As much as I love a good Alla Prima sketch, my question has always been the same, how can I maintain the look of an Alla Prima sketch but work on it for multiple days without losing that fresh brushwork? Often, when I worked on a painting more than one day, many of the problems I encountered in this workshop were similar - sinking in, dry cracking paint, or thick paint that just looked dull and lifeless, overworked, over rendered, boring. I've always admired painters that are able to maintain a fresh feel in their longer pieces, giving the impression that the work was painted quickly and effortlessly. It was a pleasure to finally meet Michael Klein and get to chat with him about various ways to strategize and plan a painting to create a mood, a visual poetry, throughout a longer, more elaborate work. What a great experience, one that I will keep close throughout my new paintings.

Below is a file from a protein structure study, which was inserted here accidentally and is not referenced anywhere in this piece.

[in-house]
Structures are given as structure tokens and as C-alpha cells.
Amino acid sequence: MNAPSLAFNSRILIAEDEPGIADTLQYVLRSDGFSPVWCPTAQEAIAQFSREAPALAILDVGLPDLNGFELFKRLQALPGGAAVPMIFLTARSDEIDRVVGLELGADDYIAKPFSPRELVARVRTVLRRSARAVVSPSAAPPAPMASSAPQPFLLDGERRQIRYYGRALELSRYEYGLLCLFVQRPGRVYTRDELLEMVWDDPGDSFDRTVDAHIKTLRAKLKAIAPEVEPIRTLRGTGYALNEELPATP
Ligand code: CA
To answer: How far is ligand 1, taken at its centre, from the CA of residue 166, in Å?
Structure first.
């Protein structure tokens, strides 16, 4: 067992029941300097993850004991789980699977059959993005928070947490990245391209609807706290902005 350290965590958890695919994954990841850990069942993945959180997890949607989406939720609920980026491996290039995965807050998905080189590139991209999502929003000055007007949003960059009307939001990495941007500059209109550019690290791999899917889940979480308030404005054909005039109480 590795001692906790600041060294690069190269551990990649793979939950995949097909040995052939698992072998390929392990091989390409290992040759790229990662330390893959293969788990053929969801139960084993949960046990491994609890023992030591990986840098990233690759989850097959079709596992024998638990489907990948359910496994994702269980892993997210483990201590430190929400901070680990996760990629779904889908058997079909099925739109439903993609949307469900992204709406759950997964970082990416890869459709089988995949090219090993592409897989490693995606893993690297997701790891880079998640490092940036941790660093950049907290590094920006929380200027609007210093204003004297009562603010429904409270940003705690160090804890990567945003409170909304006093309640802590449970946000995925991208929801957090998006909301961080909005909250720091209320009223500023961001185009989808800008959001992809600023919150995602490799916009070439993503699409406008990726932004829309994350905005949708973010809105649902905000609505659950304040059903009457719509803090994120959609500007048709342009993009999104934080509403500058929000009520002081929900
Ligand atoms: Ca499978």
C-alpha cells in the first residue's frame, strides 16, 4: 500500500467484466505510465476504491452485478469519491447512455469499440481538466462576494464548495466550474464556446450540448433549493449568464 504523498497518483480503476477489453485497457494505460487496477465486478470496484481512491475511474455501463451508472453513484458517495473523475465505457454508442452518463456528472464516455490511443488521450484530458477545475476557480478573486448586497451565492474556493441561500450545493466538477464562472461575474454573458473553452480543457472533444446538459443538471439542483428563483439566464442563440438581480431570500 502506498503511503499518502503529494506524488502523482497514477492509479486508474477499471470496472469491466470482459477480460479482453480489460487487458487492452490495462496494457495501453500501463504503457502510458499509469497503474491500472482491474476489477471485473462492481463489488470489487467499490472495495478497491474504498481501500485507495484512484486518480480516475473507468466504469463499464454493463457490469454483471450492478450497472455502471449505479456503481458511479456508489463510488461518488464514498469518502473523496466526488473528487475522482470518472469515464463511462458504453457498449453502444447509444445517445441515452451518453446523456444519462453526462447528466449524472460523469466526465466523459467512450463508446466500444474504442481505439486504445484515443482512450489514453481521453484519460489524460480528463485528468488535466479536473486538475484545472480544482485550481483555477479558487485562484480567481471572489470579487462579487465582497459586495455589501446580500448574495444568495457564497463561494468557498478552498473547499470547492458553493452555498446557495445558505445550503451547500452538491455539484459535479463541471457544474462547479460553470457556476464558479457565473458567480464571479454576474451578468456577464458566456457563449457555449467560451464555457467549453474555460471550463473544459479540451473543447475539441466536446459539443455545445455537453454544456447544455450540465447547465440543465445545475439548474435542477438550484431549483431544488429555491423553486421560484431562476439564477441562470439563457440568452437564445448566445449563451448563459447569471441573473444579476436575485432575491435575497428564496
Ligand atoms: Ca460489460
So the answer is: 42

Note: My next several updates will be a switch back to digital work for a personal project I am working on. Entirely different, and yet so many of the core concepts overlap one another.
Thanks for reading!